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29 Behav. Sci. & L. 1 (2011)

handle is hein.journals/bsclw29 and id is 1 raw text is: 

Behavioral Sciences and the Law
Behav. Sci. Law 29: 1 22 (2011)
Published online 23 November 2010 in Wiley Online Library
(wileyonlinelibrary.com) DOI: 10.1002/bsl.963

Life and Death in the Lone Star State:

Three Decades of Violence Predictions

by Capital Juriest

Mark D. Cunningham*, Jon R. Sorensent, Mark P. Vigen  and
S.O. Woods

The accuracy of three decades of Texas jury predictions of future violence by capital
defendants was tested through retrospective review of the disciplinary records of former
death row (FDR) inmates in Texas (N = 111) who had been sentenced to death under this
special issue and subsequently obtained relief from their death sentences between
1989 and 2008. FDR inmates typically had extended tenures on death row (M = 9.9 years)
and post-relief in the general prison population (M = 8.4 years). FDR prevalence of
serious assault was low, both on death row (3.6%) and upon entering the prison
population (4.5%). None of the assaults resulted in life-threatening injuries to the
victims. Violence among the FDR inmates was not disproportionate compared with
life-sentenced capital offenders. Consistent with other research, juror expectations of
serious prison violence by these offenders had high error (i.e., false positive) rates. The
confidence of legislators and courts in the violence prediction capabilities of capital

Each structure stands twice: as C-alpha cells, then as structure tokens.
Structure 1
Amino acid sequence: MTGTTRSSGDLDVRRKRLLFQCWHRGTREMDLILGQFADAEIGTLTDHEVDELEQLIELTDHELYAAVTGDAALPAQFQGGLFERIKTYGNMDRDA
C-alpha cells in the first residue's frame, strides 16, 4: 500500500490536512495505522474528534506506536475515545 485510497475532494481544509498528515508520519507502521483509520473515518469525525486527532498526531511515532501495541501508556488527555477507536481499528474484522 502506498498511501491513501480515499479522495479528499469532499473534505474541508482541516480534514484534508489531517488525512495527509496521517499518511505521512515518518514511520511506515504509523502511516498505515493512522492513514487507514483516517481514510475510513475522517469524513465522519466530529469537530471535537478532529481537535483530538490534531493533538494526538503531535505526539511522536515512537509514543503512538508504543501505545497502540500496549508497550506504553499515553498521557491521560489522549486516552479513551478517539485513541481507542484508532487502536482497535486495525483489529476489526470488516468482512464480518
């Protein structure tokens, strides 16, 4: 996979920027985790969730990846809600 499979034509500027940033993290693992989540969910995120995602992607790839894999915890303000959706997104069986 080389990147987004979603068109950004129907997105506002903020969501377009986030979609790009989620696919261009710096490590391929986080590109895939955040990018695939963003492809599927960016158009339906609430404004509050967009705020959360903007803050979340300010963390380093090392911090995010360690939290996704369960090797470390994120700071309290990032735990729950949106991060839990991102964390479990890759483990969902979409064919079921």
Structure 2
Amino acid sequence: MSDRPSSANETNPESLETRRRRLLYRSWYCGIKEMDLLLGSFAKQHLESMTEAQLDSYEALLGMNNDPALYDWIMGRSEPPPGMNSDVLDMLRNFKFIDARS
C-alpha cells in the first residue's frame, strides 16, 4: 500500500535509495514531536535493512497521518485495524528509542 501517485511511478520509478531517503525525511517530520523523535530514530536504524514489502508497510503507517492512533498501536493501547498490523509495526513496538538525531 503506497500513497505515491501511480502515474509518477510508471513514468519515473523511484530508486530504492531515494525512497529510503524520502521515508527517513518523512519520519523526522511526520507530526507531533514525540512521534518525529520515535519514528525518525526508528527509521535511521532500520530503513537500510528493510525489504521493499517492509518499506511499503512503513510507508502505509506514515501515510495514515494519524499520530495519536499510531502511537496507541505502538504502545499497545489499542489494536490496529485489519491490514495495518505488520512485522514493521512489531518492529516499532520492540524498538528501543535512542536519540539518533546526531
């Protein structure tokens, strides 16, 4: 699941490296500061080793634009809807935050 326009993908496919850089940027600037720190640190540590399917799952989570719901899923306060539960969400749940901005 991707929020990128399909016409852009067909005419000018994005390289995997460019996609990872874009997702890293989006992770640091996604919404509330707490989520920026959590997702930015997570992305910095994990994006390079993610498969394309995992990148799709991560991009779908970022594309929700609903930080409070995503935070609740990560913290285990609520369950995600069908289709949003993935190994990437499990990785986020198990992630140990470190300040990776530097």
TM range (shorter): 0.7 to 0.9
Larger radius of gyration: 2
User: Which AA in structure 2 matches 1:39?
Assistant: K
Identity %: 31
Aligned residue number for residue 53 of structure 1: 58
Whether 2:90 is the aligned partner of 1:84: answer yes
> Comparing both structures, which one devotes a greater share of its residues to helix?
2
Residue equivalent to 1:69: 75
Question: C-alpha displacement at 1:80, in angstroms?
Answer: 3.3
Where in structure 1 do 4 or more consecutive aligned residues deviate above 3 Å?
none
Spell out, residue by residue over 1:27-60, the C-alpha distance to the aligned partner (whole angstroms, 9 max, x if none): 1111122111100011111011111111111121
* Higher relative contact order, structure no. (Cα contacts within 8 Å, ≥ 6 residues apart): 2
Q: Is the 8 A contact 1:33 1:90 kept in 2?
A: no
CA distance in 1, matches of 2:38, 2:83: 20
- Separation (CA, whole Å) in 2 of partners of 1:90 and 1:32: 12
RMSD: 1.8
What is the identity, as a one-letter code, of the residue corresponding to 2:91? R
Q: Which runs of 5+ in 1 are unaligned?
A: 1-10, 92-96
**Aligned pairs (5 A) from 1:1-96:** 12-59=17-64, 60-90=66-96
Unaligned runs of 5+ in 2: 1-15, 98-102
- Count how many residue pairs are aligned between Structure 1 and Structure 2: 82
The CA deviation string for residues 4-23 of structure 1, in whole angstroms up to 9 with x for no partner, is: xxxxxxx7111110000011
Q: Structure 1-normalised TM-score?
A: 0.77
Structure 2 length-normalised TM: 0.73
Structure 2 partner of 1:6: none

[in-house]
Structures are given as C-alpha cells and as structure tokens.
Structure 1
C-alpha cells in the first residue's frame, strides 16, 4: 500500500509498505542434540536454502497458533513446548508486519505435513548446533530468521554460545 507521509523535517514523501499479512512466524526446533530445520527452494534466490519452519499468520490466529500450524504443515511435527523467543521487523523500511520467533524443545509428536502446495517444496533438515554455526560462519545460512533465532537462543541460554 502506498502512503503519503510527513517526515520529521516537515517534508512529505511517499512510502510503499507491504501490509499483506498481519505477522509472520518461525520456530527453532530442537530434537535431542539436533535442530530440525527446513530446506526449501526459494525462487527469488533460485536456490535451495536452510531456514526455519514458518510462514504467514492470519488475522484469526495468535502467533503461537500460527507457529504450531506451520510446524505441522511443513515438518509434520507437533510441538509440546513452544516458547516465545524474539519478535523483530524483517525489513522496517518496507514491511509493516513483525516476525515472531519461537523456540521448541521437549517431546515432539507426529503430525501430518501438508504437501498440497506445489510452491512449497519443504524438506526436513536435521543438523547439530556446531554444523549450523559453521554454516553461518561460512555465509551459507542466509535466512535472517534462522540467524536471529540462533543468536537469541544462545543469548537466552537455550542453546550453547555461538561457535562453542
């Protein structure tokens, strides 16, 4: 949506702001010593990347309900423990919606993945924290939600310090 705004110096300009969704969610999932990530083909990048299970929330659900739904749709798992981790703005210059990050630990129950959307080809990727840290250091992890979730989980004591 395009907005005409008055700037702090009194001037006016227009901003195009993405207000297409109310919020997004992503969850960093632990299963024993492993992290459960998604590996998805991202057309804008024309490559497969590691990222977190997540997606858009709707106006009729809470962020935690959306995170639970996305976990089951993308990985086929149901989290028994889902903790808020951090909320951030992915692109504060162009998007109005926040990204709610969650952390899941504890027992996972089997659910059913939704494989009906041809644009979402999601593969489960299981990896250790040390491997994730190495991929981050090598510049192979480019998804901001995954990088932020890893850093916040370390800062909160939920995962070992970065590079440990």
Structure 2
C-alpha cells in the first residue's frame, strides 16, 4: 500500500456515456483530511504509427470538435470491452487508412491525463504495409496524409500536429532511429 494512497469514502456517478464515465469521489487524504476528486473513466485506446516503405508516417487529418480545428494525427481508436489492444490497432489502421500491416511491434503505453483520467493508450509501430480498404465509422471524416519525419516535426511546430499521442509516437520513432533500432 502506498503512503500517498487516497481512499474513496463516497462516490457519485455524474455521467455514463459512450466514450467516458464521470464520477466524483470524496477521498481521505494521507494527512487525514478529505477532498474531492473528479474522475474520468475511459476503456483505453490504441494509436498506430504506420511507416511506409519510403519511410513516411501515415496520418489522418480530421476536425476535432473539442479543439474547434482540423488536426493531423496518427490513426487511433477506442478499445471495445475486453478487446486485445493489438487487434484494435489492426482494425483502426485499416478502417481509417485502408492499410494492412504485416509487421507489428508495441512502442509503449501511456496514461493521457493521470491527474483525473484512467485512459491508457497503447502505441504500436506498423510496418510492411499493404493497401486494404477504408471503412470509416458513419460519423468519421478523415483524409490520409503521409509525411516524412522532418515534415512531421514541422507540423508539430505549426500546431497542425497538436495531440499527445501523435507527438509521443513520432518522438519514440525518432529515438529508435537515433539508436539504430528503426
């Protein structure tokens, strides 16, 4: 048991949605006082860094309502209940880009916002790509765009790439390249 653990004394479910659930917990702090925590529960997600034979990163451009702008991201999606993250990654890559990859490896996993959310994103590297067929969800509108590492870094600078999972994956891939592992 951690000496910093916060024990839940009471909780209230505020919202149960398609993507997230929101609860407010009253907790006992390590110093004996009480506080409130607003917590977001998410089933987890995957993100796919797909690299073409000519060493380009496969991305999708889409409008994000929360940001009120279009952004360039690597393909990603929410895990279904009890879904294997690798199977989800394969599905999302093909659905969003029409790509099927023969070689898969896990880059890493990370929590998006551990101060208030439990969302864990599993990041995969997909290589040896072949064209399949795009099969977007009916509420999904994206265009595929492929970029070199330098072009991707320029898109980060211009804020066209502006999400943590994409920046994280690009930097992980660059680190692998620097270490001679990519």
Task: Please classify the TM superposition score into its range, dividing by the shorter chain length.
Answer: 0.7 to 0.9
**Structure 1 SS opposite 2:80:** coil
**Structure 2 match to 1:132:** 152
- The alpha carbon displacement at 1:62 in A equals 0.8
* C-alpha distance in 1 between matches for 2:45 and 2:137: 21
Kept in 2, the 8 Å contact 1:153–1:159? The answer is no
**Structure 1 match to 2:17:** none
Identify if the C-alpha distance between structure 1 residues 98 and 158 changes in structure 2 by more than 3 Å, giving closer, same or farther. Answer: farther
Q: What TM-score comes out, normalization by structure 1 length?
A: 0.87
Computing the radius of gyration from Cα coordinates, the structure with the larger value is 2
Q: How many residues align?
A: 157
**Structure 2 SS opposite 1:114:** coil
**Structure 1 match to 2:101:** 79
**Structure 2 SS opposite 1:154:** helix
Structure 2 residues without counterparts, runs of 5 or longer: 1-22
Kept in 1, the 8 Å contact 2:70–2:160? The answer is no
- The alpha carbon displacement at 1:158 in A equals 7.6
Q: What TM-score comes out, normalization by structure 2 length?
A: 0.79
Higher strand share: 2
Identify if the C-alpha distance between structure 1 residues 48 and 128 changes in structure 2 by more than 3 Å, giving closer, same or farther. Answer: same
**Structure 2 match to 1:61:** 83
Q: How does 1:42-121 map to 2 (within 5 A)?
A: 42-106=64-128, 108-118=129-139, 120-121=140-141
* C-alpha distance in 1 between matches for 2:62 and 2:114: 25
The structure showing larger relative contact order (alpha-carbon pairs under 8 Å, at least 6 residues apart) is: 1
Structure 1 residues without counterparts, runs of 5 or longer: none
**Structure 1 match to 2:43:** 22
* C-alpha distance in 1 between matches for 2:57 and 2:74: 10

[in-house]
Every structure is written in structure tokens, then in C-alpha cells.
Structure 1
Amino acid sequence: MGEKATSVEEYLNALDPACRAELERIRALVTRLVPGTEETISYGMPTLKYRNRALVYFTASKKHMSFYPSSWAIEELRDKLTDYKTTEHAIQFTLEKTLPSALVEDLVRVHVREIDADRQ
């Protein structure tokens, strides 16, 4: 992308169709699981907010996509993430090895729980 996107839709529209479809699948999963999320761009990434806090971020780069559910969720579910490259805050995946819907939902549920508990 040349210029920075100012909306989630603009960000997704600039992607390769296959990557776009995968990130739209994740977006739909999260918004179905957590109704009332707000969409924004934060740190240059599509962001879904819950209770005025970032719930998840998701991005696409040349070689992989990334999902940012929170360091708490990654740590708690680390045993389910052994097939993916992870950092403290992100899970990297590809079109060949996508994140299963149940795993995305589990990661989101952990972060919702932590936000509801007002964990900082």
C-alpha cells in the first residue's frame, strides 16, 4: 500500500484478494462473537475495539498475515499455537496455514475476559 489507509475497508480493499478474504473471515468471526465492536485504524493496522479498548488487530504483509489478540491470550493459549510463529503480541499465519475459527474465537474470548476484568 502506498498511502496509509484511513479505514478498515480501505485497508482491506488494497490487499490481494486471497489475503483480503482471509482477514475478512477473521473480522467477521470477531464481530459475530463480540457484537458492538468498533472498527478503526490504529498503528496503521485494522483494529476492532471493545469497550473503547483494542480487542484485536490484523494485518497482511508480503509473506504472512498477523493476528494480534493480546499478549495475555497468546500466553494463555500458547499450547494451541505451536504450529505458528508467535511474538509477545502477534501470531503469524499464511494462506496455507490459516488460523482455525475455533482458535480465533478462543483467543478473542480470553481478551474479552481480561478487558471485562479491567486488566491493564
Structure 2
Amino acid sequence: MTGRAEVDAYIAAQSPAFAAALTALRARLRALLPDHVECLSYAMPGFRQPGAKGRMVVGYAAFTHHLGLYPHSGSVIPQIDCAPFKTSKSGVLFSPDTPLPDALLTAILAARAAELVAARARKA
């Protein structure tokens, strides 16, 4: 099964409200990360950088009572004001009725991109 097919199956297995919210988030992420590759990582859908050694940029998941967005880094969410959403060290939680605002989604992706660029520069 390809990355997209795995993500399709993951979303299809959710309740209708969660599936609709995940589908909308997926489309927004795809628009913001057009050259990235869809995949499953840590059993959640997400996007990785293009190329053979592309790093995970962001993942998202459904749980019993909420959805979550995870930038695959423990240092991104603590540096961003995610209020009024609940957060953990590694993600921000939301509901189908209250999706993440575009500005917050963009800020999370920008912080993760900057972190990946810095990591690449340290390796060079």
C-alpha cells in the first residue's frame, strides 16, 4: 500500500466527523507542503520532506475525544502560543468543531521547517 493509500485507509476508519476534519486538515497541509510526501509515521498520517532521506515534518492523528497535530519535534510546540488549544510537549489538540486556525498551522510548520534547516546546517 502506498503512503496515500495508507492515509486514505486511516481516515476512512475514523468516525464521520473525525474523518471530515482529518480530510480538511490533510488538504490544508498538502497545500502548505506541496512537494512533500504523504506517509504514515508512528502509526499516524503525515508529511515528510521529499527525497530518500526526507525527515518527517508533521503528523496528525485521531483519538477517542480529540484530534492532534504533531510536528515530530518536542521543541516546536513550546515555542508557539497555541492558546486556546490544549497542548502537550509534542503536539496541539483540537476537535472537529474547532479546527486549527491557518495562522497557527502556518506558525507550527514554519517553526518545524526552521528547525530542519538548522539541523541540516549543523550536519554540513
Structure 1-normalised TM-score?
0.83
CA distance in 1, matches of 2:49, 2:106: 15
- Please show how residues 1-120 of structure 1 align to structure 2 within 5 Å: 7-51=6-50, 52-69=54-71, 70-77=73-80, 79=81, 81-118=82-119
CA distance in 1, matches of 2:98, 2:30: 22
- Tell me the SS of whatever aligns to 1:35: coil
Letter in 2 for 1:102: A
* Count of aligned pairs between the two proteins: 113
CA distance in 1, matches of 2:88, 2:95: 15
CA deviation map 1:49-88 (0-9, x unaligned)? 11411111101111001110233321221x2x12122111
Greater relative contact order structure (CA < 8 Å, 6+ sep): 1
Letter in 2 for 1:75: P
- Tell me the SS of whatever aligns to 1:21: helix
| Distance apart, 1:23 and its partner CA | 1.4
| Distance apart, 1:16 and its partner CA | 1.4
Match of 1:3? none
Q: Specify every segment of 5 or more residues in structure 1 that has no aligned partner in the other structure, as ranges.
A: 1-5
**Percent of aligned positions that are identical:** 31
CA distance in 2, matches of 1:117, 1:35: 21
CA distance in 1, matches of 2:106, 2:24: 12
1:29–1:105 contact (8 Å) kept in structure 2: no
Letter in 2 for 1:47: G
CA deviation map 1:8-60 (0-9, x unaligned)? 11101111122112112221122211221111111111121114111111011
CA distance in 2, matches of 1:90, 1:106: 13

jurors is misplaced. Copyright 0 2010 John Wiley & Sons, Ltd.

In 1973, the Texas Legislature was engaged in drafting a new death penalty statute that
would meet a constitutional minimum in the aftermath of Furman v. Georgia (1972),
the decision of the U.S. Supreme Court that had declared the extant death penalty of
that era unconstitutional (Cunningham, 2006). The Texas capital statute that emerged
from conference committee created a special issue that a jury must unanimously find
beyond a reasonable doubt in order to sentence an offender to death: whether there is a
probability that the defendant would commit criminal acts of violence that would
constitute a continuing threat to society (see Texas Code of Criminal Procedure,
Article 37.071 §2(b) 1). The Texas capital sentencing scheme and this special issue were
affirmed as constitutionally acceptable in Jurek v. Texas (1976).

*Correspondence to: Mark D. Cunningham, 6860 North Dallas Parkway, Suite 200, Piano, Texas,
75024, U.S.A. E-mail: mdcTmarkdcunningham.com
tThe authors derive income from evaluations and testimony at capital sentencing specifying varying levels of
improbability of future prison violence and/or describing prison classification and security. The withdrawal of
future violence as a capital sentencing consideration would have adverse economic impact on them. Partial
funding for data collection and analysis was provided by a Texas district court at the request of defense
'Prairie View A&M University, TX, U.S.A.
Shreveport, LA, U.S.A.
Huntsville, TX, U.S.A.

Copyright 0 2010 John Wiley & Sons, Ltd.

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